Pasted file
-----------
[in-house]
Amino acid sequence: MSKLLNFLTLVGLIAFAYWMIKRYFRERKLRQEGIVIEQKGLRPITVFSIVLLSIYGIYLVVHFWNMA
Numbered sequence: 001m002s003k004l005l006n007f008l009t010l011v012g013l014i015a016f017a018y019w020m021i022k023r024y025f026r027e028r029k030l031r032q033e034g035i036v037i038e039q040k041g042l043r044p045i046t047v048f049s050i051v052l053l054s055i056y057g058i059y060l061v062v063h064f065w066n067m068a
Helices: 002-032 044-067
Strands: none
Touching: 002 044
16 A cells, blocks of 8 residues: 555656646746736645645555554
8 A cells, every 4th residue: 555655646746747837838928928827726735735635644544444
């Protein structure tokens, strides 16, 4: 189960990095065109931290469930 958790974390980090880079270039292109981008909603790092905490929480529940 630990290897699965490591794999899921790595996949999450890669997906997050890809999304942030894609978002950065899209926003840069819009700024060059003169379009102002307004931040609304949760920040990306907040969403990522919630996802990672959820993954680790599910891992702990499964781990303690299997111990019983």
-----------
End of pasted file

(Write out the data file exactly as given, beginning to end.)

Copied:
[in-house]
Amino acid sequence: MSKLLNFLTLVGLIAFAYWMIKRYFRERKLRQEGIVIEQKGLRPITVFSIVLLSIYGIYLVVHFWNMA
Numbered sequence: 001m002s003k004l005l006n007f008l009t010l011v012g013l014i015a016f017a018y019w020m021i022k023r024y025f026r027e028r029k030l031r032q033e034g035i036v037i038e039q040k041g042l043r044p045i046t047v048f049s050i051v052l053l054s055i056y057g058i059y060l061v062v063h064f065w066n067m068a
Helices: 002-032 044-067
Strands: none
Touching: 002 044
16 A cells, blocks of 8 residues: 555656646746736645645555554
8 A cells, every 4th residue: 555655646746747837838928928827726735735635644544444
């Protein structure tokens, strides 16, 4: 189960990095065109931290469930 958790974390980090880079270039292109981008909603790092905490929480529940 630990290897699965490591794999899921790595996949999450890669997906997050890809999304942030894609978002950065899209926003840069819009700024060059003169379009102002307004931040609304949760920040990306907040969403990522919630996802990672959820993954680790599910891992702990499964781990303690299997111990019983």